Hand Painted Engraving

107 x 76 cm

£2900 (unframed)

Saguaros are America’s largest cacti and found only in the Sonoran Desert.
They range north to the edge of the Hualapai Mountains in Arizona and along the Colorado River in South-eastern California, defining the landscape and forming entire forests.
They grow slowly, some only 1 inch in their first eights years, but once mature can reach 60 feet high. The supply of water affects their growth. When they are fully hydrated they can weight up to four tons.
At 35 years they begin to flower, at 50 years they produce their first arm. They are fully mature at 125 years and can live up to two centuries.
The flowers open during the night until early morning, and are pollinated by bats, bees and moths that feed upon their nectar.
As well as a food source, Saguaros provide homes for birds and small mammals.
When gila woodpeckers (Melanerpes uropygialis) make their nests, the plant’s flesh produces a tough lining to the cavity, which seals it from the surrounding living tissue. At the end of a Saguaro’s life, the nest’s lining remains intact and is known as a ‘Saguaro boot’. The native americans used them as containers.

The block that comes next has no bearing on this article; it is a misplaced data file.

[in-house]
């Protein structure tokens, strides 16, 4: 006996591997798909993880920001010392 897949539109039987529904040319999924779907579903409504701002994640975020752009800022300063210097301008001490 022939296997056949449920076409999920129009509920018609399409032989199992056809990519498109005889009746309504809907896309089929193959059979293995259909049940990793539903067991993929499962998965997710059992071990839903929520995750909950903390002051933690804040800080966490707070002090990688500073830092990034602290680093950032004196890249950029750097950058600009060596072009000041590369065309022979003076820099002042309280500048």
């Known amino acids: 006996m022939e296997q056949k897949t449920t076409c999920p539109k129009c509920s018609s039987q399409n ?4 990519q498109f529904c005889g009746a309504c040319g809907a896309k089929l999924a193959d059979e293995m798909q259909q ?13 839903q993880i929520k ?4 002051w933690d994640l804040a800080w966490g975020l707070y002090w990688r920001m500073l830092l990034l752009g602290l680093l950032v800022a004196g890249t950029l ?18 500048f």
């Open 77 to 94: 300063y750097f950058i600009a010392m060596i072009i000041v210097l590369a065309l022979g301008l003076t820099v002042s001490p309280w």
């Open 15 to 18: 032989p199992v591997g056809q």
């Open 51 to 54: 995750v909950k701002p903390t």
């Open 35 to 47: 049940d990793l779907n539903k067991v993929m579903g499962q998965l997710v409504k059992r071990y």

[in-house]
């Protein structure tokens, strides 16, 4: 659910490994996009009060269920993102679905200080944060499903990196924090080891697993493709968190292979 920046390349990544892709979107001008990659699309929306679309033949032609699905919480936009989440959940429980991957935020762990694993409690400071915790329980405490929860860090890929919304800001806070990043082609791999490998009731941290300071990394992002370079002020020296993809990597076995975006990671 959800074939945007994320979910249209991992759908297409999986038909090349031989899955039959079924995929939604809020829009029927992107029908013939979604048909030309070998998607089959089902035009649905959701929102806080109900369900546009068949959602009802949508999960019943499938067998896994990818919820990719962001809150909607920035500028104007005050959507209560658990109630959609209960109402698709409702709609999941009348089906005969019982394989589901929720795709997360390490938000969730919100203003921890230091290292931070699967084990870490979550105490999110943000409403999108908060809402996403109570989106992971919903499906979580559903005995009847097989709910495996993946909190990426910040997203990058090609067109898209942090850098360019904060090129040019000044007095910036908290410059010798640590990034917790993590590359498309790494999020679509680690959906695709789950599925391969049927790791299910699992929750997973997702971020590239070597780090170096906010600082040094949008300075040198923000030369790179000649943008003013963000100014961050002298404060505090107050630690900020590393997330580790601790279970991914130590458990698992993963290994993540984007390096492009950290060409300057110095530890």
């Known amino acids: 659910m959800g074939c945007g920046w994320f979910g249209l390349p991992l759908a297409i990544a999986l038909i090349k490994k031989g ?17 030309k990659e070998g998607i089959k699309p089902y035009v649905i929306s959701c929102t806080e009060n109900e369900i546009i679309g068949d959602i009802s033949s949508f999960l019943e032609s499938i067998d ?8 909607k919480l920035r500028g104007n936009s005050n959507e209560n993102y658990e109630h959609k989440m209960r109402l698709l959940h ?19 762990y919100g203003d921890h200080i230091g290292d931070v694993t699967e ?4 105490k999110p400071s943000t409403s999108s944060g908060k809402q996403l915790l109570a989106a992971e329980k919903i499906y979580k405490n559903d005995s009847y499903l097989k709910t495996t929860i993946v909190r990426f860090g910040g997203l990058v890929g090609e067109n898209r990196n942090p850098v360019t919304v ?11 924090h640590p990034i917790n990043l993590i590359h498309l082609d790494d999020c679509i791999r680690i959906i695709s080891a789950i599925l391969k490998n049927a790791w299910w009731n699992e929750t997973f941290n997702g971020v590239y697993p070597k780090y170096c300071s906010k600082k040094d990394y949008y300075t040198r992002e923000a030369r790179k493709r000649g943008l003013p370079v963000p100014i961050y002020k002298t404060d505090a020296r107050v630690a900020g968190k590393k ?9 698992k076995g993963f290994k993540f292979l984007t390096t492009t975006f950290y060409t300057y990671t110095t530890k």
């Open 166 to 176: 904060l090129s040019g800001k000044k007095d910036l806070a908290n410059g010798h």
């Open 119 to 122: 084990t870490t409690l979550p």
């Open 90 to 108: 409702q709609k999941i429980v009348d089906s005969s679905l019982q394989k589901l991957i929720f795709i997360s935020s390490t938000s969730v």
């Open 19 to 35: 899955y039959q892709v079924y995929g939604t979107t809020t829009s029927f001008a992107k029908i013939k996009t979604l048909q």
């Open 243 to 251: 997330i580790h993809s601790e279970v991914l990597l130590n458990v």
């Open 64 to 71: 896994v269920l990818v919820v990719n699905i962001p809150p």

The fruits were a staple food of the Pima and Tohono O’odham. They were eaten fresh or turned into juice, vinegar, syrup, wine (for the rain-making ceremony) or jam.
They can hold up to 2,000 nutty-tasting seeds and are ground into flour or used as chicken feed.
The Tohono O’odham revered the species and organised their calendar around the saguaro’s annual fruiting cycle.
The internal skeleton of dead stems provided firewood, building material (especially for roof beams) and splints for broken bones.
Urban development, especially near Phoenix and Tucson is beginning to diminish the Saguaro’s population.
Thirty-one percent of cactus species are threatened with extinction. This loss has far- reaching consequences for the ecosystems of dry lands and for the local communities, which depend upon them.
Specimens taken from the wild are particularly sought after due to their scarcity. Asian and European collectors are the biggest drivers of cactus trafficking.